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November 19, 2020

【Nov. 19 is World Toilet Day】Reconsidering and revolutionizing toilets in developing countries

Can you imagine life without a toilet?

Around the world, about 2 billion people still have no access to basic sanitation services (toilets). This represents about 26% of the world's total population. Approximately 670 million of these people are practicing open defecation, and their excrement serves as a source of transmission of pathogens through flies, which can lead to the spread of infectious diseases.

In order to prevent the spread of COVID-19, the importance of hand washing is once again drawing attention. Along with hand washing and the securing of safe water, the provision of toilets is essential not only for the prevention of infectious diseases but also for the improvement of health.

Nov. 19 is World Toilet Day. It was established by the United Nations in 2013 to promote awareness of toilet-related issues around the world. JICA is implementing a variety of initiatives to promote the use of toilets in developing countries. These include the building of water and sewage systems, the introduction of environmentally friendly toilets suitable for each region, and the raising of hygiene and environmental awareness among residents.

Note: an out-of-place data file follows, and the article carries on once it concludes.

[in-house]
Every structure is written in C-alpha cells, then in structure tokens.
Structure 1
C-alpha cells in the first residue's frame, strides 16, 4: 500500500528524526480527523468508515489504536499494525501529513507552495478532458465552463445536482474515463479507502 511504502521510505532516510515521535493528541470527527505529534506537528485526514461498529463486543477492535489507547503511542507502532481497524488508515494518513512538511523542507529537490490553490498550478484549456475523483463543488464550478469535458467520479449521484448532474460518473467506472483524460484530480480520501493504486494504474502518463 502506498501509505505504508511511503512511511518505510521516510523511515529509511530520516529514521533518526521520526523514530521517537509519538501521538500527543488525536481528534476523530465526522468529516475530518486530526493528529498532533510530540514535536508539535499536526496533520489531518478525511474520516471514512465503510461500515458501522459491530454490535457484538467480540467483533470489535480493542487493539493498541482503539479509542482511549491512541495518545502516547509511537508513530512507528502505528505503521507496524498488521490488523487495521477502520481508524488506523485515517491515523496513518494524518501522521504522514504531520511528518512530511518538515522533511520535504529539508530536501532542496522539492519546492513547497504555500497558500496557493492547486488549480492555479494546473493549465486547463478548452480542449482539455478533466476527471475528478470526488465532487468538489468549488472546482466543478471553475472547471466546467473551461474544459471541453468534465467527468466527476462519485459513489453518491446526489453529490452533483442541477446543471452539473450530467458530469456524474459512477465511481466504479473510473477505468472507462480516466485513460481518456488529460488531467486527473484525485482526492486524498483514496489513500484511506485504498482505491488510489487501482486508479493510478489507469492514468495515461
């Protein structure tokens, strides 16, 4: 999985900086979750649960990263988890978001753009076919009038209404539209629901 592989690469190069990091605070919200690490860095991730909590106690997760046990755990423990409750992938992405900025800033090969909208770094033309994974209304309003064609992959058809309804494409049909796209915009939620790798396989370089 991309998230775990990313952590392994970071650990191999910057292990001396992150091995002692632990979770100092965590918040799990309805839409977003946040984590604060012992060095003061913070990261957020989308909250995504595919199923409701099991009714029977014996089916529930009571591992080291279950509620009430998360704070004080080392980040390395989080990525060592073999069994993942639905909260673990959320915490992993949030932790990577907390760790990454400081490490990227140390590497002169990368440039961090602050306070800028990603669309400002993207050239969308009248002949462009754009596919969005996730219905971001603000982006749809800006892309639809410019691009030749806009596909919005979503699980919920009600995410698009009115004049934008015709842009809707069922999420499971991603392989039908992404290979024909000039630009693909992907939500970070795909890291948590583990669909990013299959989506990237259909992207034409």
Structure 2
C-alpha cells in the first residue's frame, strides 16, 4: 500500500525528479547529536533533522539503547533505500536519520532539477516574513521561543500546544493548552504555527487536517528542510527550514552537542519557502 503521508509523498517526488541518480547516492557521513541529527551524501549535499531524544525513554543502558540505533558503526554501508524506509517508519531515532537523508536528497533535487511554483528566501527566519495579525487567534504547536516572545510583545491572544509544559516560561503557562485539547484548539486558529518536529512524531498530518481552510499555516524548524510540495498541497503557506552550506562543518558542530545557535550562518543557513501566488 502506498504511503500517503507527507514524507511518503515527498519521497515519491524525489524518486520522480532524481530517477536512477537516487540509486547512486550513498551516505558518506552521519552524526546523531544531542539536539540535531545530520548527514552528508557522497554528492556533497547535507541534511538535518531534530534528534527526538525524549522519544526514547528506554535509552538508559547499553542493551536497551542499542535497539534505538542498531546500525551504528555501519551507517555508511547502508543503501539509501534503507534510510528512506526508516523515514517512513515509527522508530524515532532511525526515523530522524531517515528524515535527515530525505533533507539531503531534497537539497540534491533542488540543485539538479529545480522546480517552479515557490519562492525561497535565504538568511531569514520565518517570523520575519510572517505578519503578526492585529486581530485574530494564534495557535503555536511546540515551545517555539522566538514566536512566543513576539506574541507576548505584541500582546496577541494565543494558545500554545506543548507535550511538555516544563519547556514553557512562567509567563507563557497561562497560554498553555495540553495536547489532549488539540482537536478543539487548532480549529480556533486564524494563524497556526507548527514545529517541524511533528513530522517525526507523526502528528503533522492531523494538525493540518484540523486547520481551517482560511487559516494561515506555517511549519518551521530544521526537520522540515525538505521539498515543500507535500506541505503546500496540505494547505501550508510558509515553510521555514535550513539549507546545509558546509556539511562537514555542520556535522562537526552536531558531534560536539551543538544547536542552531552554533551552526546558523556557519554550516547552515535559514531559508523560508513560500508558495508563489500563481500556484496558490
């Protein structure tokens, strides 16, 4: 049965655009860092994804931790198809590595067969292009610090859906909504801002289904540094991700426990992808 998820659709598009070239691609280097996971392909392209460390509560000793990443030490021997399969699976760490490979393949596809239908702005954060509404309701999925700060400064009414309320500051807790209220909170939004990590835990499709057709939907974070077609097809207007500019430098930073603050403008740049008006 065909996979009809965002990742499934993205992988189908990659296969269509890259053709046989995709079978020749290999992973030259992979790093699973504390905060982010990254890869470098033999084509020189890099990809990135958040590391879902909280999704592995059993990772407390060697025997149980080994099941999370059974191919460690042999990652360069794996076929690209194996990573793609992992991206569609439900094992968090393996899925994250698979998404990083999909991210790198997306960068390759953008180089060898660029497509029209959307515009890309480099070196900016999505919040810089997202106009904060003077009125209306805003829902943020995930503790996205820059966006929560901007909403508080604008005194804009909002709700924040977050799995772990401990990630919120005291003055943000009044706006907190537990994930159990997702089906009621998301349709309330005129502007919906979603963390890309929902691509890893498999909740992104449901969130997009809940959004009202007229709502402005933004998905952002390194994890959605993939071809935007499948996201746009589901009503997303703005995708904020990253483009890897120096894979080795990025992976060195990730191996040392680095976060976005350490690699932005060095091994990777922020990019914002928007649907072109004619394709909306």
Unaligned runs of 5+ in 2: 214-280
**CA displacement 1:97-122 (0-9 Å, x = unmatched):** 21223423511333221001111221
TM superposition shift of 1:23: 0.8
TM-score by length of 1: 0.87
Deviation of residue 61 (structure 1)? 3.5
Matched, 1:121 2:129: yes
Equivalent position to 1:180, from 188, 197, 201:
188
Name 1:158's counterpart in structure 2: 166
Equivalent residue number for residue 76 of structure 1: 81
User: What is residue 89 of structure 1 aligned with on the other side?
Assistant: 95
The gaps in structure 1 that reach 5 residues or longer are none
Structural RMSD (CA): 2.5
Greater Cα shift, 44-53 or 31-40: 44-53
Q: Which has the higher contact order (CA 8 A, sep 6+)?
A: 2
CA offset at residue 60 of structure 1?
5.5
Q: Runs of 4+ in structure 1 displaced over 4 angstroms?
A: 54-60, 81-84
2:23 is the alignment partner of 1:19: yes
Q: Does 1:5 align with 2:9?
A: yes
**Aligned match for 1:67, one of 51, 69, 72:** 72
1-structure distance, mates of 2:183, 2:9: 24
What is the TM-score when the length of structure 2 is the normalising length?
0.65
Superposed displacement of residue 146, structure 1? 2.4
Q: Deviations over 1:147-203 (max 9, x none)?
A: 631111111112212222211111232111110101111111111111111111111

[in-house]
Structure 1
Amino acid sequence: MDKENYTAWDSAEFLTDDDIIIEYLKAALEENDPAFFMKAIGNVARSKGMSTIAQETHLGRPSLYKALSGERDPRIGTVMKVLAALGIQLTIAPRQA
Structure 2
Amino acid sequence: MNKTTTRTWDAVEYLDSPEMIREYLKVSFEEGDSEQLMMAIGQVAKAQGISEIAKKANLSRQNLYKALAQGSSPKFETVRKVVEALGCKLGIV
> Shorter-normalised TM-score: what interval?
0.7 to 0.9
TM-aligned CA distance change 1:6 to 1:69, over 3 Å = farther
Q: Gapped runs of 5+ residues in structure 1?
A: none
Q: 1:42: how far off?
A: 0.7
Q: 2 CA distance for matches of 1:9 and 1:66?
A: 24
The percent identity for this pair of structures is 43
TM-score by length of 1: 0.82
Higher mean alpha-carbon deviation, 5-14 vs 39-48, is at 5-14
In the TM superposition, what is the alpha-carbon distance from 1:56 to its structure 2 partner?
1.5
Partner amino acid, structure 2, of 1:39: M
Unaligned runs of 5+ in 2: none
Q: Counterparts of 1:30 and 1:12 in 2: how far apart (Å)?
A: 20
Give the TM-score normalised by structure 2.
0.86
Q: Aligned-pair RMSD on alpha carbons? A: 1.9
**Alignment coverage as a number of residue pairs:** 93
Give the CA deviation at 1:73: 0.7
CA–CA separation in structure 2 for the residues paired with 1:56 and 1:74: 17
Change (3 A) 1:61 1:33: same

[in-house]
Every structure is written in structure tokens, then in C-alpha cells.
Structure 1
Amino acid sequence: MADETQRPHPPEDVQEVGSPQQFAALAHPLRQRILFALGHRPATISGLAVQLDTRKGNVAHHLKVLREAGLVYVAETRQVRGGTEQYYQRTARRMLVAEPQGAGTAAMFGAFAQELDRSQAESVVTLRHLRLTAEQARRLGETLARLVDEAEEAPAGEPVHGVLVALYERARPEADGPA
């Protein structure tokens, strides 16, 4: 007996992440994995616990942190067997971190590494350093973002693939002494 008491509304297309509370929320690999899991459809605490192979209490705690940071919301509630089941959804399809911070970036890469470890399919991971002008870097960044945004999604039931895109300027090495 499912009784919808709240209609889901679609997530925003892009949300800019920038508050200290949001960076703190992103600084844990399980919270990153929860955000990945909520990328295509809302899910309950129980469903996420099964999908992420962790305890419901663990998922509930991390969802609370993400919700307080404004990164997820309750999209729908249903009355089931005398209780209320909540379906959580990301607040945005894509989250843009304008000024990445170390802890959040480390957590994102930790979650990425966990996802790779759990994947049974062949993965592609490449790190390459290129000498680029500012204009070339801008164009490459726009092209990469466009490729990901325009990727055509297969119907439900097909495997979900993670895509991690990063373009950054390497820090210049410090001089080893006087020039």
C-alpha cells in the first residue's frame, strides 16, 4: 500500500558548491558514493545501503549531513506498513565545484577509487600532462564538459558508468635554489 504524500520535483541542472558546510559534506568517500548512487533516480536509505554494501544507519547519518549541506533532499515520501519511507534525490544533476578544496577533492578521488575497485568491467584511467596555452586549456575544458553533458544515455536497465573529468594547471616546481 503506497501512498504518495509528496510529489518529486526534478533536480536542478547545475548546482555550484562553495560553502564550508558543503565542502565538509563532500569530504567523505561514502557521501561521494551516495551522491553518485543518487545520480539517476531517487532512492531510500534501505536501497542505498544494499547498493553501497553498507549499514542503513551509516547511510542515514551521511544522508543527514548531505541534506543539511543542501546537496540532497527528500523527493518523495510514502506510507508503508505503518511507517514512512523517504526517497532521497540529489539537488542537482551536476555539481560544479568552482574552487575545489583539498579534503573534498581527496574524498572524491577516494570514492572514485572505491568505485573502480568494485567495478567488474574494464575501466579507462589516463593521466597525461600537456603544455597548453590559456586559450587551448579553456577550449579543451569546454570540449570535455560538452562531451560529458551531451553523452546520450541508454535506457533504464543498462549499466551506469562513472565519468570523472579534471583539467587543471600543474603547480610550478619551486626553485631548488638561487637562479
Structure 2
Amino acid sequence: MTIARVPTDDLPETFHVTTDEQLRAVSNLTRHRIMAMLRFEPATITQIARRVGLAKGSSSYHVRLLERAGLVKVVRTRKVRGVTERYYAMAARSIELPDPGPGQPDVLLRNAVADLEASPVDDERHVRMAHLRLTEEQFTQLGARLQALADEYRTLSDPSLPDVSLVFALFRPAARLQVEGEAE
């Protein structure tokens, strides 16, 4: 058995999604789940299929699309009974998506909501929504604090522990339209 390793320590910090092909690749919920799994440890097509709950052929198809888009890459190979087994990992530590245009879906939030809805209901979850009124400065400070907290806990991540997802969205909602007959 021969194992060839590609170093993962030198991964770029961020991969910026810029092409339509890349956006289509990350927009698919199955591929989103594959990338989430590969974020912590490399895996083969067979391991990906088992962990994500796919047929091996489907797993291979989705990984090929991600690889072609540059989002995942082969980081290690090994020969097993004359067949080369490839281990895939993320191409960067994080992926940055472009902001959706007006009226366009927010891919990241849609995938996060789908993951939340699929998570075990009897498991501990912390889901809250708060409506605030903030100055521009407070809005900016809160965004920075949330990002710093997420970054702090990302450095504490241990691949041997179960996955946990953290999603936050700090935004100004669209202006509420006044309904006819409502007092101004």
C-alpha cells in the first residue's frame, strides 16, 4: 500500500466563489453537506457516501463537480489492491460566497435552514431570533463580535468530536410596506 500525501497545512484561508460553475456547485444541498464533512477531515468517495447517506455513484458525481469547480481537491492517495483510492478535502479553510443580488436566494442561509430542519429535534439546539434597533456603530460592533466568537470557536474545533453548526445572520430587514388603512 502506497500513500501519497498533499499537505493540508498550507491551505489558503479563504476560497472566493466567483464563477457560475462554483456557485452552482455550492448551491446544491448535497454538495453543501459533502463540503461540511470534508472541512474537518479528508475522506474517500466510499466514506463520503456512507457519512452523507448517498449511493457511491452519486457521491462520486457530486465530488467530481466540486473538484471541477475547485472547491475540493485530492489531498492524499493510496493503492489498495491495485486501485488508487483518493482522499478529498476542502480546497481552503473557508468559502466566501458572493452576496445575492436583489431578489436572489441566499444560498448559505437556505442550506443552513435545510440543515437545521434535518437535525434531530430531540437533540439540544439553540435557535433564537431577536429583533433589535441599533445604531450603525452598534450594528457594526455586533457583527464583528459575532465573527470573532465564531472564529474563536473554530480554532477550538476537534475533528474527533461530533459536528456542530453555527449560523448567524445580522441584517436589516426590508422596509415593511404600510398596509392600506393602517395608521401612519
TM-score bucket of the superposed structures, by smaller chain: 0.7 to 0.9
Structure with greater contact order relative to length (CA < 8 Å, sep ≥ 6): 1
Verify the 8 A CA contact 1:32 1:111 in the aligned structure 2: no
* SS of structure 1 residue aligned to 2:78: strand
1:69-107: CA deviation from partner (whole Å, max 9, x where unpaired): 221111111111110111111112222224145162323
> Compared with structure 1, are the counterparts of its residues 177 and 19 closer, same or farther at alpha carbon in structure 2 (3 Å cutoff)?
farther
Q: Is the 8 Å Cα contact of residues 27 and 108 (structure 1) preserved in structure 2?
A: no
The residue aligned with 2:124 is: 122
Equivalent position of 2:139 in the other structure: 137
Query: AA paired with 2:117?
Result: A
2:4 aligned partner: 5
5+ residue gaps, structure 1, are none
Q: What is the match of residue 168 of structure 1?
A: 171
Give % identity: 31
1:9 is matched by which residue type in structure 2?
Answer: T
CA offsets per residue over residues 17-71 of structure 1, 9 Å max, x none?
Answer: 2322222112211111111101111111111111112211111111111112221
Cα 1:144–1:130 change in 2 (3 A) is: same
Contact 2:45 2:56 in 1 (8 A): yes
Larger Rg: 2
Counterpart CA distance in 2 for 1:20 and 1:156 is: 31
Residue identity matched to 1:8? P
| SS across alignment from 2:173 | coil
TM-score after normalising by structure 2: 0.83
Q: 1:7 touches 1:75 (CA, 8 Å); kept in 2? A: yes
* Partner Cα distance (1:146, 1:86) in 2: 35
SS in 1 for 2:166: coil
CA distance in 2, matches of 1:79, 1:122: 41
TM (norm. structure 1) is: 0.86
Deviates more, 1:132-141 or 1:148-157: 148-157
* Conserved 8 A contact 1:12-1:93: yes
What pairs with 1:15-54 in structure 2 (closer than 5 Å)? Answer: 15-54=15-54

photoSource: WHO/UNICEF JMP (2019) Progress on household drinking water, sanitation and hygiene 2000-2017. Special focus on inequalities

Basic sanitation services (toilets) are defined as improved sanitation facilities (toilets) that are not shared with other households. This includes flush toilets in Japan and pit latrines with slab, which are common in developing countries, where excrement is stored in a pit (hole) and then mineralized and removed after it has become harmless.

photoA pit latrine with slab in Senegal installed by JICA

Why, then, is this basic sanitation service (toilet) lagging behind in developing countries?

There are various reasons for this, depending on the country or region, including the fact that it is common to practice open defecation, and it is not possible to secure the funds necessary to build toilets. There is also a lack of awareness of the need for toilets, and religious beliefs that excreting is considered unclean. Therefore, there are many issues that cannot be solved simply by providing funds and increasing the number of toilets.